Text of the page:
Q&A with comedian Brandon Glover
The state of Missouri is called home for many comedians you know and love like Cedric the Entertainer, Redd Foxx, Lavell Crawford and Nikki Glaser. Brandon Glover, 36, is no different, honing his comedic skills as a stand-up comedian at The Funny Bone comedy club in St. Louis before making his move north to Chicago.
You might’ve seen him discussing how he behaves in a petty manner in relationships on an episode of truTV’s “Laff Mobb’s Laff Tracks,” last month. Now, you can catch Brandon live and in action at 8:30 p.m. for Exit Stage Left’s “Welcome to 2019 Comedy Showcase,” this Friday at The Spot on Broadway in Bradley.
The Daily Journal caught up with Glover to talk stand-up, getting nervous onstage and finding the funny in everyday life.
How’d you get your start in stand-up comedy?
“I started in St. Louis. at the Funny Bones comedy club. I’ve been doing comedy for about 17 years. I’ve been funny all my life. I wasn’t doing the best in school, so the next best thing was to find something I was good at, and I’m good at telling jokes.”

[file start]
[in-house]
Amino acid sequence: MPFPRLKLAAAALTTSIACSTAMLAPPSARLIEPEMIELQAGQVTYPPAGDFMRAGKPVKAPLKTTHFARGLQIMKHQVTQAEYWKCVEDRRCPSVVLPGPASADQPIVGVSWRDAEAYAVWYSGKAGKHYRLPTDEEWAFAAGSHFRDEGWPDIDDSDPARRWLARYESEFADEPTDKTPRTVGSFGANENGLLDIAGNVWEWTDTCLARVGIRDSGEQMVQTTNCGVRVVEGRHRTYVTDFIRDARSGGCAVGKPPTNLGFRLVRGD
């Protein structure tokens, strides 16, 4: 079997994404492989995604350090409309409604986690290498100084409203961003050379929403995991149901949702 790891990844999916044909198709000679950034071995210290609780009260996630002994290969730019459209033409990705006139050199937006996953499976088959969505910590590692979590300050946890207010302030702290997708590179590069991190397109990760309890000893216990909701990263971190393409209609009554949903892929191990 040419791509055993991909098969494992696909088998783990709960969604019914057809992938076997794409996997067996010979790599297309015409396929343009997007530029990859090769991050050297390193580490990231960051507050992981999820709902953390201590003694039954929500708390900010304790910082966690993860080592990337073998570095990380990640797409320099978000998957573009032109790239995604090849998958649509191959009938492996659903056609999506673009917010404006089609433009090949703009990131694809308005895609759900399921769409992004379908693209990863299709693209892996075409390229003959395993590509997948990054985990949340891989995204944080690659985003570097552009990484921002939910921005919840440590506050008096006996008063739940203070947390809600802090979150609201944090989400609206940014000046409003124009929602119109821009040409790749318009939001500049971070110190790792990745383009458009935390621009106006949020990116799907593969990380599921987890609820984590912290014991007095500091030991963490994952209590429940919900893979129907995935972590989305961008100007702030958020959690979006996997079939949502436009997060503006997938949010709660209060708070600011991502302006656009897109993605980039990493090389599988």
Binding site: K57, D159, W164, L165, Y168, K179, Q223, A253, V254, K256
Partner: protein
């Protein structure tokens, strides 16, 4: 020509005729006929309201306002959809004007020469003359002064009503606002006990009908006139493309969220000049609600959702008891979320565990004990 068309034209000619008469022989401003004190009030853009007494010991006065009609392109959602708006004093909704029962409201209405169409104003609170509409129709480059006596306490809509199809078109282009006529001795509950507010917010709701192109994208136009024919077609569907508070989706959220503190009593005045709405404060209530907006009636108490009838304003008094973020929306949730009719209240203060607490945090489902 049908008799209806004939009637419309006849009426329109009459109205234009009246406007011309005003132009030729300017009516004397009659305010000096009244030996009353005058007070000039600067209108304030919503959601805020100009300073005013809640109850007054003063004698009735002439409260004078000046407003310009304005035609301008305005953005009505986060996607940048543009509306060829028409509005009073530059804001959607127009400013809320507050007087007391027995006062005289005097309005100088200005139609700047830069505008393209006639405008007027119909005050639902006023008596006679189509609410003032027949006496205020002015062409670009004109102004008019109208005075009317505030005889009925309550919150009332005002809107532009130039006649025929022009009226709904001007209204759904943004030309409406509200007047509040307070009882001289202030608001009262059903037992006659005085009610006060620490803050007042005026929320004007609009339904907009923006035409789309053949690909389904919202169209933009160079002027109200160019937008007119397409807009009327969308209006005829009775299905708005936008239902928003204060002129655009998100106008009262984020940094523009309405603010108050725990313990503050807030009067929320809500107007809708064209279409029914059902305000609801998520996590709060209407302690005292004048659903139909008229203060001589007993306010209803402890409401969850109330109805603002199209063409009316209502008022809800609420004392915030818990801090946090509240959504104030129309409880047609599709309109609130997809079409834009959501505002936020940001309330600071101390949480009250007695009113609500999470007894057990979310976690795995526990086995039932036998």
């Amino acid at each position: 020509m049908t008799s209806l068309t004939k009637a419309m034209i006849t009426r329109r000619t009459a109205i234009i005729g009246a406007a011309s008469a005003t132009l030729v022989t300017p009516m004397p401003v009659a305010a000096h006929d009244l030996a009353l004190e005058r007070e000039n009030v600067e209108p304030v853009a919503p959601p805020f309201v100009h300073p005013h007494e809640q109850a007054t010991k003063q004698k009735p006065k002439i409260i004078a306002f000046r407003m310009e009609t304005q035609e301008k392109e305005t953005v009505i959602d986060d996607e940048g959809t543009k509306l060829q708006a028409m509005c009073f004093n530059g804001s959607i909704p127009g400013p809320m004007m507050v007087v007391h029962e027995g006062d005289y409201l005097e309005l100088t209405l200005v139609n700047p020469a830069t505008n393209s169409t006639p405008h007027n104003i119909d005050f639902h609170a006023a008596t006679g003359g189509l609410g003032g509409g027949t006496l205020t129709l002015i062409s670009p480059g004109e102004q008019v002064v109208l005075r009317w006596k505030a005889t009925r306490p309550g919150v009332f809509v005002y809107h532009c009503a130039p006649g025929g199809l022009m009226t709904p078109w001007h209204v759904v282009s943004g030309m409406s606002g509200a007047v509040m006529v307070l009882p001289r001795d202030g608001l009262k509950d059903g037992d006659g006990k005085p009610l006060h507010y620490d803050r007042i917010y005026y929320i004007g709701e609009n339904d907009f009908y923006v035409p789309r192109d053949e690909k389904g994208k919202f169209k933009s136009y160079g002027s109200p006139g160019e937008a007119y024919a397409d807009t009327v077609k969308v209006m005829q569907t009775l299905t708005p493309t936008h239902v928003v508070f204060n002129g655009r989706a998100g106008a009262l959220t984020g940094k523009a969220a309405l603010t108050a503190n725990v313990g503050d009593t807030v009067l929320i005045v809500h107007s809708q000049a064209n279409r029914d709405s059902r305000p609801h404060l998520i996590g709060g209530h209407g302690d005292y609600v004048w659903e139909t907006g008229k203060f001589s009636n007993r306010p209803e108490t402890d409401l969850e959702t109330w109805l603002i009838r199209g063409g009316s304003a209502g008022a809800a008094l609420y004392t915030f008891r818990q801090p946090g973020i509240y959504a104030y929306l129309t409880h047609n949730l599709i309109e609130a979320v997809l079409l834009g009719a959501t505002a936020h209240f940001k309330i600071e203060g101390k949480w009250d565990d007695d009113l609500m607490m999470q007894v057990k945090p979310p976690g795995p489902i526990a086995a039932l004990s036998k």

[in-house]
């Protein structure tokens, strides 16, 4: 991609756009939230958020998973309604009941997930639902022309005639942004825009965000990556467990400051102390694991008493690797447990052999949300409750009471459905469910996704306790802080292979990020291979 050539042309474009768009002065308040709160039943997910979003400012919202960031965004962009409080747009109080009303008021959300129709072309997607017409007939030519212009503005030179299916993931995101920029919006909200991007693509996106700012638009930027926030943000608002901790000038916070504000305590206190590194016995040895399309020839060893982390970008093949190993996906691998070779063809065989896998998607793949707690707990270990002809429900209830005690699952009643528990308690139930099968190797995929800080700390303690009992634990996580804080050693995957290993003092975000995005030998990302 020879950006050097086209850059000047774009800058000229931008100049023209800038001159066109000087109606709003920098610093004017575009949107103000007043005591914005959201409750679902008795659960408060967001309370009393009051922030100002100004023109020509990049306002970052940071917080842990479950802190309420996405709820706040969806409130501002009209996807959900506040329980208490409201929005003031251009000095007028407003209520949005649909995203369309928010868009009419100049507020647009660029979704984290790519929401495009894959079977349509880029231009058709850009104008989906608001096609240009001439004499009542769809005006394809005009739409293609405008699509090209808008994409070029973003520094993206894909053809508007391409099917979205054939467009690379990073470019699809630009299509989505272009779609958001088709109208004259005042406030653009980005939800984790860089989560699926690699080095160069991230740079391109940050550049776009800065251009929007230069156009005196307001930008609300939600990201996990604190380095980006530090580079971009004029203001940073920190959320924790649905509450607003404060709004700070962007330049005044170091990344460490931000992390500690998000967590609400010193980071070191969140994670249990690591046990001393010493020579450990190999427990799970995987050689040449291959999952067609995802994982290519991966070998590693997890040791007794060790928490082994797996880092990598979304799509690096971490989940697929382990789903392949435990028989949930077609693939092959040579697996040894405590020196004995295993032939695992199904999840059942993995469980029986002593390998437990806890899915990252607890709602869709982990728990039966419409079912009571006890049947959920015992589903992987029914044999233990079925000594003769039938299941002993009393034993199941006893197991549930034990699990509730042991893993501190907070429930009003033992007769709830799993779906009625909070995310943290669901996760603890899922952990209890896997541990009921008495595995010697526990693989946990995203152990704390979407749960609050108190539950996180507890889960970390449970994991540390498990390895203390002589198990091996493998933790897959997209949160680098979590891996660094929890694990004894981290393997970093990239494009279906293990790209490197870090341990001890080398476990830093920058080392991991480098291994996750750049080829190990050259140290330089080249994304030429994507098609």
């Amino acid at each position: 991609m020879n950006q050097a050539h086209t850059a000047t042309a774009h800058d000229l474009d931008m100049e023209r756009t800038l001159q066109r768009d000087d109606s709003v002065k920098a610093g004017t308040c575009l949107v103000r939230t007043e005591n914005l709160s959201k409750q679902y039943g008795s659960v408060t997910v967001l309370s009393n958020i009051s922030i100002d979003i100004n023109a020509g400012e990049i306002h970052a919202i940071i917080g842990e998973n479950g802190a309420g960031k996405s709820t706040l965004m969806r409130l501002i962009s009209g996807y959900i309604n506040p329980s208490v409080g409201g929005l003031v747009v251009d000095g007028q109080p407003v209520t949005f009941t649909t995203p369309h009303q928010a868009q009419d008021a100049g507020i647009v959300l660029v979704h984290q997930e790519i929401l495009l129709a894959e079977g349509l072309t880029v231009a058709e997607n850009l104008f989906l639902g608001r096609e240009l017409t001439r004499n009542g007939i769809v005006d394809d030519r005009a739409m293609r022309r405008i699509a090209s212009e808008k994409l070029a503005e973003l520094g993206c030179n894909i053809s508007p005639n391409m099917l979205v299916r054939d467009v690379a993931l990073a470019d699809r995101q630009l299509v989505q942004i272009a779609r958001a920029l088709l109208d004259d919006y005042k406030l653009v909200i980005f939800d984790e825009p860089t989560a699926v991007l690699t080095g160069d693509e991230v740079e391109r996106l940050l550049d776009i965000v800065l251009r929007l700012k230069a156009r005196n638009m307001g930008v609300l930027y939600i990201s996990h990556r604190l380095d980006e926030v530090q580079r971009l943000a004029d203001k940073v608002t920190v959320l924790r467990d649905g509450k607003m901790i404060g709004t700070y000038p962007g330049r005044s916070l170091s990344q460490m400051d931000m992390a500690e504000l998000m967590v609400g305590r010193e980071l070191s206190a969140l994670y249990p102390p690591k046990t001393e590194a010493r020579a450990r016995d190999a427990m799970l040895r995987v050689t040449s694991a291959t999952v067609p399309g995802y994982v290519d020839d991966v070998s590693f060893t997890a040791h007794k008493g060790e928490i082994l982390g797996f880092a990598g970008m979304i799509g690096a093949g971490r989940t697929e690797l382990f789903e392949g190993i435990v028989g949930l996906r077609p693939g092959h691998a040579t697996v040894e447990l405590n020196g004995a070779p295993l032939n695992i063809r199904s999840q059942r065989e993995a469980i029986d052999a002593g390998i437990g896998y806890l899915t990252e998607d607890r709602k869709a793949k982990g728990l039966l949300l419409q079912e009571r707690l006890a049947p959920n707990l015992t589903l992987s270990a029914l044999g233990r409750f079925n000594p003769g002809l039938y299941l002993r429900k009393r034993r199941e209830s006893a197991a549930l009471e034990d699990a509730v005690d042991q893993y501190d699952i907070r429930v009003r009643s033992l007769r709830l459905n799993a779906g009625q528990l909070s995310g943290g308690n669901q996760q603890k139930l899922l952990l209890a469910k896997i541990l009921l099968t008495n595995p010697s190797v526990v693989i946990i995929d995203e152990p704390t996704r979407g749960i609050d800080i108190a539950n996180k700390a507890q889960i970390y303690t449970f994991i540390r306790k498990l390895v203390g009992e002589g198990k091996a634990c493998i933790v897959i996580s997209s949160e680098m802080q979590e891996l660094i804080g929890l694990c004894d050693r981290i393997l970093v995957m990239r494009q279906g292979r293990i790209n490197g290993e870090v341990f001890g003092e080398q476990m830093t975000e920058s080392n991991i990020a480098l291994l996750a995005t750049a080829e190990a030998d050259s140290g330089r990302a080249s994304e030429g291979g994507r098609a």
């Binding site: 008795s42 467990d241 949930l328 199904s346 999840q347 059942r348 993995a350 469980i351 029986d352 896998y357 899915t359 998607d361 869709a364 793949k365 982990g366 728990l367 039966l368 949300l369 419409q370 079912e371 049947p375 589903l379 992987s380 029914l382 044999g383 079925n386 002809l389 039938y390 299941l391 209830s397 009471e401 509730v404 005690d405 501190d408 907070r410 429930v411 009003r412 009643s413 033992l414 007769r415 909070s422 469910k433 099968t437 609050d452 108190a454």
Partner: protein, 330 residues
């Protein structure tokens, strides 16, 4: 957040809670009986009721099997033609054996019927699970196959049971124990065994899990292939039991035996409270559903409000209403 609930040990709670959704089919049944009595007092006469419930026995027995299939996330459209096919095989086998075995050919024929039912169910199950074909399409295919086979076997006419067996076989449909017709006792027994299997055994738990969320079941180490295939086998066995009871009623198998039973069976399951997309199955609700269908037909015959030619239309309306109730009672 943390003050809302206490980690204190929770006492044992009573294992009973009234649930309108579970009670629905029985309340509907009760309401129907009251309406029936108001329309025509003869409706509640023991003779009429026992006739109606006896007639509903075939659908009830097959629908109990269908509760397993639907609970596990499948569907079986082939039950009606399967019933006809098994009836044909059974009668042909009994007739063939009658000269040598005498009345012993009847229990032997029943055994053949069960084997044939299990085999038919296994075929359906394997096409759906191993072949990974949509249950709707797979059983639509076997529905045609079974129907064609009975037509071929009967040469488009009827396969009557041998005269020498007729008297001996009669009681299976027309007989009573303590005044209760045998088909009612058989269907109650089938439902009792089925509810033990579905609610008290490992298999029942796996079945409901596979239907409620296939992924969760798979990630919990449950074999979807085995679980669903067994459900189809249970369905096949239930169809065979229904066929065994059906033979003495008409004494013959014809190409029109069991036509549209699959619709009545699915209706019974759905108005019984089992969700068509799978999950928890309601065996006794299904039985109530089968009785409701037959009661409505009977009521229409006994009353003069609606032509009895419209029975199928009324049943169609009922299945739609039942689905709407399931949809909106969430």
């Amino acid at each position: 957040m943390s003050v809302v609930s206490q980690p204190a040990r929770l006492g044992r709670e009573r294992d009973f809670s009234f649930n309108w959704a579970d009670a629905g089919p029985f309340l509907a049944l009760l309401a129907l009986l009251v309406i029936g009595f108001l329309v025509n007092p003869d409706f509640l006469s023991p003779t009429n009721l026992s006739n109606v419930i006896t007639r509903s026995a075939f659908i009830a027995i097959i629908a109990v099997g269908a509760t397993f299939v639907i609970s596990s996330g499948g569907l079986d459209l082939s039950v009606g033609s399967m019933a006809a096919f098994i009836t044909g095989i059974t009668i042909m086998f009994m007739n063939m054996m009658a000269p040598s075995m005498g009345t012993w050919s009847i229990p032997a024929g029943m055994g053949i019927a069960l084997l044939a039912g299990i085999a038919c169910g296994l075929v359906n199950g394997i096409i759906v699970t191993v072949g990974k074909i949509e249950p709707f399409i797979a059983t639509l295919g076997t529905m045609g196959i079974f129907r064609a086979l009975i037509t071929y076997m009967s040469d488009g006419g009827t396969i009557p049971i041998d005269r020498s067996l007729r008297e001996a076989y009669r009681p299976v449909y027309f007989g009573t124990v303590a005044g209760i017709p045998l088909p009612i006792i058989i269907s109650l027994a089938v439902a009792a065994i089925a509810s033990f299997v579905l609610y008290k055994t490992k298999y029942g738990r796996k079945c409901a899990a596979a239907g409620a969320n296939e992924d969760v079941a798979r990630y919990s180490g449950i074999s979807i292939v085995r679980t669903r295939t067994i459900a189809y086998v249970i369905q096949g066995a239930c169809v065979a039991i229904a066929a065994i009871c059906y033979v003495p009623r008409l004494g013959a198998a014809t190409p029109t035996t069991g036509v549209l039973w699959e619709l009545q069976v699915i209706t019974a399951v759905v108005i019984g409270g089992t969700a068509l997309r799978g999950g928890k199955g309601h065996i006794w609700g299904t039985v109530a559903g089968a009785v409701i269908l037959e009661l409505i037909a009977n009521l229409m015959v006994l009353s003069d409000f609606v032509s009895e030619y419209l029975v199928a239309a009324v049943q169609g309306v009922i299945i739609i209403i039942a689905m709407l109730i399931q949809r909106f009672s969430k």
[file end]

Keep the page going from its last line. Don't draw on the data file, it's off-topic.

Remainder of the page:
How would you describe your style of comedy?
“I’m very truthful and honest. I shoot from the hip. I talk about being single, not having kids, and how all my friends are married, and how their wives don’t want them hanging out with me.”
What makes you laugh?
“Life. Regular, everyday life is funny. You have to take time out to see the funny.”
What’s the funniest thing you’ve recently witnessed in your day-to-day life?
“I recently went to a poetry set, and I saw a poet who was trying to do comedy. He was dark, then he started trying to tell jokes!”
Where does your material stem from?
“My life and my experiences. People I’ve dated, my move from St. Louis to Chicago — not knowing how cold it was gonna be.”
Do you ever get nervous onstage? If so, how do you handle it?
“I always get a little nervous. I think when you do comedy, you’ll always have those jitters. I think that’s a good thing though, because it means that you care about what you’re saying. I’ve been doing comedy for so many years that I don’t always get butterflies in my stomach, but if I’m performing at a new place, I’ll be a little nervous.”
What’s the best and worst part about being a stand-up comedian?
“The best part is the fact that I don’t have to work a 9-5 job, and that’s amazing. The worst part is that it can take so many years before you’ll be able to just solely do comedy. It can take anywhere from five to 10 years before someone recognizes that you have genuine talent. It all depends on how your journey goes. You really need to have the heart, and believe in what you’re doing. This definitely isn’t an overnight success situation.”